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Dr. Denise Bedford explains how information management will provide a better future for all businesses

Narrow the Information Gap or Face the Societal Consequences: Hear From Dr. Denise Bedford

By Sharlene Oong on May 7, 2019
As information is the lifeblood of businesses and organizations, experts within the business industry recently addressed how the productivity of a company is deeply affected due to the lack of managing its resources. With the growth of data and content on customers and systems, if the information is not handled strategically, businesses will be unable to achieve their goals. In order to examine this issue and provide a solution, expert Dr. Denise Bedford from Georgetown University, USA, and author of the publication, Strategic Management of Business-Critical Information Assets, discusses how to narrow the information management gap between business professionals and information professionals which will ultimately benefit the overall productivity, in an IGI Global interview below.

What would you say was the most surprising thing about your research in information management within organizations?

Firstly, for over 40 years, I have seen many different [business] environments. Despite the variations, there are a core set of challenges that are shared across organizations, sectors, and communities. To add on to that, the best intentions and efforts of all these organizations are how little attention is focused on guiding folks in planning, managing, and decision-making when it comes to information [management]. There are also significant gaps in professional training and education across the information life cycle, despite deep treatments in some stages. Finally, I would say I have been impressed by how many people from different backgrounds are responsible for information management across organizations. This is a logical result from a lack of formal or even consistent education and training. People who are assigned information management responsibilities are amazing because they learn from others, they learn on the job, and then [they] try to pass on to others what they are learning. One of the reasons I wanted to [work] on Strategic Management of Business-Critical Information Assets, was to give these people – and their managers – a foundation from which to grow and share their knowledge. The hope is that we will make more and faster progress if we all start from a [robust] foundation.

What were your main expectations for the outcome of this publication and how were they achieved?

This is an easy question to answer. I wanted to create a guide, [in the form of a] reference book that I have been looking for, in the past 30 years, which could potentially be something to help us wake up from a “Groundhog Day cycle” – every project requires a briefing of senior managers and stakeholders on what we mean by information management, why it is important “to do” information management, and what it means to do it strategically in a rapidly changing economy and society. Rather than having to reinvent or represent the same ideas, it might be more effective to give people something they can use to self-study and self-educate. I also think it is important to have a text we can use to start a conversation across all of the areas of information management practice. I have been struck over the years by how fragmented practices pertaining to information management truly are. I hope this might help those different sub-disciplines to see the common threads. We need all the information practitioners and professionals to coalesce around a “whole view” of information management and to reduce the existing boundaries. In the end, if we can achieve these two expectations, we will advance information management as a professional practice.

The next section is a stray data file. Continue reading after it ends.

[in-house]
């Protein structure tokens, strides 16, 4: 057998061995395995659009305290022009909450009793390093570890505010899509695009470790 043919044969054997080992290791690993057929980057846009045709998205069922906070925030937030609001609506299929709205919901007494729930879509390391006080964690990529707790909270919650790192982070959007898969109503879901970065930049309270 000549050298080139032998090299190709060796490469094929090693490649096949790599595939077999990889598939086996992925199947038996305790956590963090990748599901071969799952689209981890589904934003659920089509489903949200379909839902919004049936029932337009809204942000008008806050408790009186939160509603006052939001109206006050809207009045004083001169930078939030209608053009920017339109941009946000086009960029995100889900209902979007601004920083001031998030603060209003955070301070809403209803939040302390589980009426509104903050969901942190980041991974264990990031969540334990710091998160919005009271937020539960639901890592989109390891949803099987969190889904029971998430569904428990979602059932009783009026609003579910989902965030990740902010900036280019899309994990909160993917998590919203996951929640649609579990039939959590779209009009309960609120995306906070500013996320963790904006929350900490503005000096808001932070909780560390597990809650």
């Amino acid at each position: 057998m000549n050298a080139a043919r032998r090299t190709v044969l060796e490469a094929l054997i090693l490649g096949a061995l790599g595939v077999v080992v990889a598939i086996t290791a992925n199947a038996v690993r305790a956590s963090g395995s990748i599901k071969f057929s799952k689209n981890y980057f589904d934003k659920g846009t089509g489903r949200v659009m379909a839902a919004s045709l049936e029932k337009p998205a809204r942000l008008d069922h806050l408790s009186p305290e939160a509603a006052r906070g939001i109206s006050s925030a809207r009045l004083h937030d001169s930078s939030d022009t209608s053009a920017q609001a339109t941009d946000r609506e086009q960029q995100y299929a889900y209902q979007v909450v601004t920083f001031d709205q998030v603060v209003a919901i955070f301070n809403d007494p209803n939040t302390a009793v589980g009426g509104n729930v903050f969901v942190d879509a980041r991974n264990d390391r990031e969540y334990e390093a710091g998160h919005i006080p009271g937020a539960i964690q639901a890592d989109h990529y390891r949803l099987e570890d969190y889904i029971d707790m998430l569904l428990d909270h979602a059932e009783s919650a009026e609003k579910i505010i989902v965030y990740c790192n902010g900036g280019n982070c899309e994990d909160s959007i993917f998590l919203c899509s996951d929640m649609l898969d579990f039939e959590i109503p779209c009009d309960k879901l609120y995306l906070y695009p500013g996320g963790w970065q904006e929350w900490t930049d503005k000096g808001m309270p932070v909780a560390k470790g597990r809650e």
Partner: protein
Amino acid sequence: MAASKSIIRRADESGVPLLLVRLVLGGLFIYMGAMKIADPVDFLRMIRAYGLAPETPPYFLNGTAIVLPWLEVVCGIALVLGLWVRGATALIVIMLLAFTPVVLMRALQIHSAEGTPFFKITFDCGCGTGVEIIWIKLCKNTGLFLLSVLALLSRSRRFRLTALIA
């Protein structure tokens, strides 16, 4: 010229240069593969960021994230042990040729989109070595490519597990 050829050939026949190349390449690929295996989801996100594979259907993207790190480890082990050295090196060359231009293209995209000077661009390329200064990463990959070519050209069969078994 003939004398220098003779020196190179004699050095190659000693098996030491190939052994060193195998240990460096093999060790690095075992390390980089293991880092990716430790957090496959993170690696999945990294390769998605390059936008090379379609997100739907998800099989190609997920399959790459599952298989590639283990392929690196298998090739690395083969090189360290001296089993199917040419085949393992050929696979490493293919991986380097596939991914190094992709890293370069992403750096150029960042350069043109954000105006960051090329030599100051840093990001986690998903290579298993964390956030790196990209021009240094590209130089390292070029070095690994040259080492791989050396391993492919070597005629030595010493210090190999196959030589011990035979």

What is the foundation of information management as a capital asset among information professionals?

I would suggest that a common foundation and starting point for information management – all aspects and types of information – is the culture of information. This means it is essentially how we value information, our information behaviors, our most basic assumptions about information – as an important business asset rather than just a burden or a business by-product. We need to make all these invisible aspects of information culture and behaviors visible – what do these invisible artifacts and behaviors tell us about how we value information? The same mentality applies to business professionals, as well as information professionals. In the knowledge management sphere, it is a high risk to treat information as a burden or a by-product. We cannot take information for granted, as we cannot assume that all information has equal value. This also means bridging the nine distinct cultures of information management practices. We need to build that holistic culture and live it.